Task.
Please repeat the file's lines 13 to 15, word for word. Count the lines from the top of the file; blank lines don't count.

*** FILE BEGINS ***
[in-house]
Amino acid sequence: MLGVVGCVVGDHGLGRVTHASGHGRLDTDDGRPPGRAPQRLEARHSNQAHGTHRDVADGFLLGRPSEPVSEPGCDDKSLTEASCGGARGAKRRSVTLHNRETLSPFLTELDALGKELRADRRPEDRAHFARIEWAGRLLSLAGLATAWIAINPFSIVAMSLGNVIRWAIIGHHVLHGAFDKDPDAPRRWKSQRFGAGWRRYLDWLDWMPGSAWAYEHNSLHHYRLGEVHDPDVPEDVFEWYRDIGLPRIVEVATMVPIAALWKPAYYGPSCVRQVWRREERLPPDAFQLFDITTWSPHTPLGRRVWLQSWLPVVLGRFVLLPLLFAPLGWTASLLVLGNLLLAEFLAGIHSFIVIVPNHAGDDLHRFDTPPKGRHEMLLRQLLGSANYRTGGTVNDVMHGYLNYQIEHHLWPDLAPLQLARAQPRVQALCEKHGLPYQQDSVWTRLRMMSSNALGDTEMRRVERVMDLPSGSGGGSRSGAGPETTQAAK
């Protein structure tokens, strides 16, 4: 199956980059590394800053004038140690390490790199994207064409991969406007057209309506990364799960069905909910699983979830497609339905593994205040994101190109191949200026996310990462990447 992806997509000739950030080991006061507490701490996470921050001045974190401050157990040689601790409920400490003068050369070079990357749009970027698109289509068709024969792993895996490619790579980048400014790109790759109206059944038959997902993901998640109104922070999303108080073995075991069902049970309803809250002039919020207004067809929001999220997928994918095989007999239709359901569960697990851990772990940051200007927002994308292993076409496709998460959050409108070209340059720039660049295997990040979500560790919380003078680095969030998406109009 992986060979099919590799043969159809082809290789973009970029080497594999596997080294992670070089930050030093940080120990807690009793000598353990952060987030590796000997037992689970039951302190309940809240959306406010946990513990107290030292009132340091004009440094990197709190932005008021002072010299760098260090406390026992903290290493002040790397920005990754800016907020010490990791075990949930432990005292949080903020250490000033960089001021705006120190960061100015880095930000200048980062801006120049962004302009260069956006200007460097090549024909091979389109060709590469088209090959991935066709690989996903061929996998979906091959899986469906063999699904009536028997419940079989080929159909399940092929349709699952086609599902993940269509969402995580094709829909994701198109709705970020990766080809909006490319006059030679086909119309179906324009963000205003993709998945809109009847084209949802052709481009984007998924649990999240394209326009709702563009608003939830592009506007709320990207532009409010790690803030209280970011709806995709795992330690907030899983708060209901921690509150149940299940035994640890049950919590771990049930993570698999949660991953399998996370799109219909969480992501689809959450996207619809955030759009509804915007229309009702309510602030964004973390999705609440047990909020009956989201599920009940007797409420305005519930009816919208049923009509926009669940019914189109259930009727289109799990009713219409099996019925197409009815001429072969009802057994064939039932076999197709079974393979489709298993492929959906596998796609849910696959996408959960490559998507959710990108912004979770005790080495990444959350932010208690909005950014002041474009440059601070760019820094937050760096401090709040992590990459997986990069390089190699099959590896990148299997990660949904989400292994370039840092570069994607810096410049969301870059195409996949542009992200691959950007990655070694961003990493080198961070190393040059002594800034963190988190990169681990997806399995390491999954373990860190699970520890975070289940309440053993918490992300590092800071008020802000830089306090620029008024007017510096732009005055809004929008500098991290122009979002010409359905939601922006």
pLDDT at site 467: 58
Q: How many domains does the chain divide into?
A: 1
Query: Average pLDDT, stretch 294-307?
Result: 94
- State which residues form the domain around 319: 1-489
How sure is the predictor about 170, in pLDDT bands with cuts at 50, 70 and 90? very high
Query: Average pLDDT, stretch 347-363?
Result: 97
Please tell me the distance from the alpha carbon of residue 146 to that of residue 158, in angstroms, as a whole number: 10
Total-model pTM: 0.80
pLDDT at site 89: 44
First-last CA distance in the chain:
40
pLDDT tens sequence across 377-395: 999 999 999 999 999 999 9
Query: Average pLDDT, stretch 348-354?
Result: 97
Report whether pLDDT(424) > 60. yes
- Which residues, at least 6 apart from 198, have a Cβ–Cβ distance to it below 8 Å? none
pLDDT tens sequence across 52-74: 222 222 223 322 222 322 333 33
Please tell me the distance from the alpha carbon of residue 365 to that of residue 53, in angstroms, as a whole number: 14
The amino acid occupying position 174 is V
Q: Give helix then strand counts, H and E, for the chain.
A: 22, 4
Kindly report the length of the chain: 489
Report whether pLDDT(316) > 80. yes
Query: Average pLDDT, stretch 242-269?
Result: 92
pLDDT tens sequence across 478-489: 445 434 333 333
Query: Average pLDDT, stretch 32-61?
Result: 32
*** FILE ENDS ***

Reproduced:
Please tell me the distance from the alpha carbon of residue 146 to that of residue 158, in angstroms, as a whole number: 10
Total-model pTM: 0.80
pLDDT at site 89: 44